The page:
Trump said that hundreds of nominations have been stalled in the Senate, which is not slated to meet until April 20 and has been holding pro form sessions, which are generally brief meetings in the chamber.

The House is not expected to meet until May 4. Both chambers have managed to hold sessions and pass legislation related to the pandemic.

President Donald Trump threatened to use his "Constitutional authority" to adjourn both chambers of Congress and appoint some of his nominees without the Senate's approval.

Protests Over Michigan's Stay-at-Home Order, Puerto Rico's Testing Shortage

Hundreds of flag-waving, honking protesters drove past the Michigan Capitol on Wednesday to show their displeasure with Gov. Gretchen Whitmer’s orders to keep people at home and businesses locked during the coronavirus outbreak.

The protest, called “Operation Gridlock,” was organized by the Michigan Conservative Coalition.

Whitmer, a Democrat, extended a stay-home order through April 30 and has shut down schools and businesses deemed non-essential. The governor acknowledged the pain but said the restrictions were necessary to stop the spread of the coronavirus, which causes a respiratory illness that has killed more than 1,700 Michigan residents.

Demonstrators also got in their cars and honked their horns in Puerto Rico to denounce alleged corruption and demand more testing amid a lockdown imposed March 15 and extended until May 3.

The U.S. territory is bracing for an anticipated peak of cases in early May as federal authorities probe a $38 million contract for testing kits that experts say are urgently needed but never arrived.

Puerto Rico announced its first COVID-19 cases in mid-March, including one involving an elderly Italian tourist. Since then, officials have reported at least 51 deaths and more than 970 confirmed cases, with more than 1,400 test results pending. Some 9,200 people overall have been tested on an island of 3.2 million inhabitants, representing less than 1% of the population. Experts say the number is way below those of U.S. states with similar populations that the local government has used for comparison to say they have the coronavirus under control, but a series of missteps is raising concerns it could be more widespread than believed.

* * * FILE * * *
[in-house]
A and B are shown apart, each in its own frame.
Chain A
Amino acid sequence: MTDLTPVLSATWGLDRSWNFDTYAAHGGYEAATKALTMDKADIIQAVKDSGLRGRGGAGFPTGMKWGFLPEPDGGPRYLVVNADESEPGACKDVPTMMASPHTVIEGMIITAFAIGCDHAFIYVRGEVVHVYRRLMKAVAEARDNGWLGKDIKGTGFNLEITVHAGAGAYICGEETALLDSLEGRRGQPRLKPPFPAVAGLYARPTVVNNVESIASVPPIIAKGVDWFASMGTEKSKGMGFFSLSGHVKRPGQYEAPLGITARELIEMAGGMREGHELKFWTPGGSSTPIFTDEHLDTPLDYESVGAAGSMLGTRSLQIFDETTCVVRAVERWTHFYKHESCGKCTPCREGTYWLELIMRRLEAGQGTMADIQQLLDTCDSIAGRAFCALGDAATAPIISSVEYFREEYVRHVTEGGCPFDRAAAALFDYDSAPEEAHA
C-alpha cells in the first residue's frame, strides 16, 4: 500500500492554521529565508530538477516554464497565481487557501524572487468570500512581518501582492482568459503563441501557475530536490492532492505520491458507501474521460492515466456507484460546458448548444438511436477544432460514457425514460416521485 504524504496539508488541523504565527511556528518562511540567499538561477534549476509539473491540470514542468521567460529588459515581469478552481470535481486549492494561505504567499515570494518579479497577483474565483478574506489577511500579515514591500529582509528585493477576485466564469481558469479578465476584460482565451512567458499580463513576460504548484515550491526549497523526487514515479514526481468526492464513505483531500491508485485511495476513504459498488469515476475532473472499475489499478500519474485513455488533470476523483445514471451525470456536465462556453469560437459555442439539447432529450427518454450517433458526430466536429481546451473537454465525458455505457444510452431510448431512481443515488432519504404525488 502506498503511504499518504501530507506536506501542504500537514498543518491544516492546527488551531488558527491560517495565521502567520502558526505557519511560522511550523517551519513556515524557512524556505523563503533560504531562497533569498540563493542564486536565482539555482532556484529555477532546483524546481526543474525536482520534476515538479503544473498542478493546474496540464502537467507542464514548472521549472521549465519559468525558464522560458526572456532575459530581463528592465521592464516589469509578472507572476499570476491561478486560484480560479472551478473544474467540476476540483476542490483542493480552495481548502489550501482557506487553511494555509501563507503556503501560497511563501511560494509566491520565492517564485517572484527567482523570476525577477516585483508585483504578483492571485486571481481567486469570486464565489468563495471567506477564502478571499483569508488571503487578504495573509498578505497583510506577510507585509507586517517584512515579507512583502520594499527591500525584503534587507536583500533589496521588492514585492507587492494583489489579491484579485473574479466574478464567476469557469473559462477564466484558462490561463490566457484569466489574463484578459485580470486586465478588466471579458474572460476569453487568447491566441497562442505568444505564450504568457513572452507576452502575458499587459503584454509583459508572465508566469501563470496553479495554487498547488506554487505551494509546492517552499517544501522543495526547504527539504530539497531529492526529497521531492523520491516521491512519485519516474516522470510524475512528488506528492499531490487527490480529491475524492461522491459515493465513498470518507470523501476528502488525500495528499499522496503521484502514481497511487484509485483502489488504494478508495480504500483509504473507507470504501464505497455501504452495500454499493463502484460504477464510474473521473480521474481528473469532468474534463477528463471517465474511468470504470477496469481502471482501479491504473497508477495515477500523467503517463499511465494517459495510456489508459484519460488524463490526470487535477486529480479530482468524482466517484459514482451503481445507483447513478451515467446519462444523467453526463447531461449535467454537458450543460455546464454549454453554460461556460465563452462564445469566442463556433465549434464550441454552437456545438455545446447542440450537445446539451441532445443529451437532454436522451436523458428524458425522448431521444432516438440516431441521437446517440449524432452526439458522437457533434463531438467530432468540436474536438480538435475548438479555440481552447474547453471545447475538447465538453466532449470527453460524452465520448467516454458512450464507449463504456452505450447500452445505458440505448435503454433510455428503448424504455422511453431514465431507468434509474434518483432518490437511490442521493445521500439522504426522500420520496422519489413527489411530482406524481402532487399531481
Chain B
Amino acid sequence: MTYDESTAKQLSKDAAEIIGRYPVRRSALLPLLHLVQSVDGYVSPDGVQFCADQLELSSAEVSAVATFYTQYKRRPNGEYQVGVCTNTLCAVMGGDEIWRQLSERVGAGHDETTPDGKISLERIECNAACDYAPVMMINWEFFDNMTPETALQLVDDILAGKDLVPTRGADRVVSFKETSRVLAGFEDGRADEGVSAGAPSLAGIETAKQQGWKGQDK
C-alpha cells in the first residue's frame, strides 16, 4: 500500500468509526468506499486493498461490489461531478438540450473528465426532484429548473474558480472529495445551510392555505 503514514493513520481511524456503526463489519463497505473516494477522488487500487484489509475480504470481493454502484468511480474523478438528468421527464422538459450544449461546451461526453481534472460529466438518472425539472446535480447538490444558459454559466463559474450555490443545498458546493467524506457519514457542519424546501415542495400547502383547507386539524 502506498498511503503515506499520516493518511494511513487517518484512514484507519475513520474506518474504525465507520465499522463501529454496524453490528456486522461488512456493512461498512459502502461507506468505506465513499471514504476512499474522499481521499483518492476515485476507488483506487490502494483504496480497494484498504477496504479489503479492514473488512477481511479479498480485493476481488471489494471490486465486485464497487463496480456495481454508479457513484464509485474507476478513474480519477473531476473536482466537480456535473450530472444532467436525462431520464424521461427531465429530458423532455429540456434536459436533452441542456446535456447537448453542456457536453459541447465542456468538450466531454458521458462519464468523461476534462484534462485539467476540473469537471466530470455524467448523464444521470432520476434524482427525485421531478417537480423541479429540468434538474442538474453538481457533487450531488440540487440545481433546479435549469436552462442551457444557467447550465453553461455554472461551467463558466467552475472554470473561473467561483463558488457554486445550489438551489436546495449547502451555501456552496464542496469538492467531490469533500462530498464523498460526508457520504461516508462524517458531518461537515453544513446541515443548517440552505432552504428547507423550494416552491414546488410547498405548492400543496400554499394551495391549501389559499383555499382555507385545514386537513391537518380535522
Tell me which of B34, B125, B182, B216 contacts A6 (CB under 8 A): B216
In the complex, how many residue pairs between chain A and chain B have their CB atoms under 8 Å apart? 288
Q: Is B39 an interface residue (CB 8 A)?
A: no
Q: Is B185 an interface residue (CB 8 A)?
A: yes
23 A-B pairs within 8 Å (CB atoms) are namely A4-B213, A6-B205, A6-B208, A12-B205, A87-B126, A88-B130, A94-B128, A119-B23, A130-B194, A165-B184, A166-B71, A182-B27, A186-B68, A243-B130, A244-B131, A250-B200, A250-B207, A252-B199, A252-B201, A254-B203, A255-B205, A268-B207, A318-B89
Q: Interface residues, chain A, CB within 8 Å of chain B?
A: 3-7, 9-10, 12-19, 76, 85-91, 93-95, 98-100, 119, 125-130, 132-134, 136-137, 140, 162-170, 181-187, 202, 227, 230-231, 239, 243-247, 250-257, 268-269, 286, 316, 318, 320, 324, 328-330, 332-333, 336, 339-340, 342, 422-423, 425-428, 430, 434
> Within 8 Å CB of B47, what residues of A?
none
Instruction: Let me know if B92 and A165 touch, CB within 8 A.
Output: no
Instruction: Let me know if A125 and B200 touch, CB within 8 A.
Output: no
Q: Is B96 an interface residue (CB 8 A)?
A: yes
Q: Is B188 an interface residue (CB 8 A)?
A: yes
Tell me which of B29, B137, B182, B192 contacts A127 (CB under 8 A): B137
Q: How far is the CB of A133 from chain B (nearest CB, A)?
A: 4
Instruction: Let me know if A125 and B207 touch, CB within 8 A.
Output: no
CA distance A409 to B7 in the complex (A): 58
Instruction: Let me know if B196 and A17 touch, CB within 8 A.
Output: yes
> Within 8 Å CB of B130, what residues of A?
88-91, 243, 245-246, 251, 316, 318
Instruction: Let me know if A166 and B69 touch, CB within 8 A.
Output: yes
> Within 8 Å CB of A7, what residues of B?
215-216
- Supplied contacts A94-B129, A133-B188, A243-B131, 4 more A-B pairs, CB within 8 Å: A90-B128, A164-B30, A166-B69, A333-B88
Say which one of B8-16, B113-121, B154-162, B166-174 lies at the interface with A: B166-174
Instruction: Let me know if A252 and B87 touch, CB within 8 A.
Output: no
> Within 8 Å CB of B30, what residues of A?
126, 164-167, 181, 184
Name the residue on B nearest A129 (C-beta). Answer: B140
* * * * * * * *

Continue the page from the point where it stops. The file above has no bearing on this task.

Health experts and economists say one of their biggest concerns is that Puerto Rico officials are using the limited data to estimate the peak of cases and implement a lockdown that has crippled a frail economy amid a 13-year recession as the island struggles to recover from Maria and a series of strong earthquakes.

New Yorkers Must Wear Face Masks If They Can't Socially Distance

To help prevent more loss of life, Cuomo is now ordering all New Yorkers to wear a mask or cloth covering their noses and mouths when they are in public and not able to maintain a 6-foot distance from others, NBC 4 New York reports.

He, along with all local leaders and the nation's top health experts, have said social distancing is the key factor in slowing the spread of infection and, ultimately, preventing more death. Cuomo said he would leave enforcement up to local jurisdictions.

"We are not out of the woods yet," the governor said Wednesday. "Coronavirus is still a monumental public health crisis and we are losing New Yorkers every day to this virus. Each New Yorker lost to COVID is a heartbreaking loss."

Small Business Rescue Loans Nearing Program Funding Limit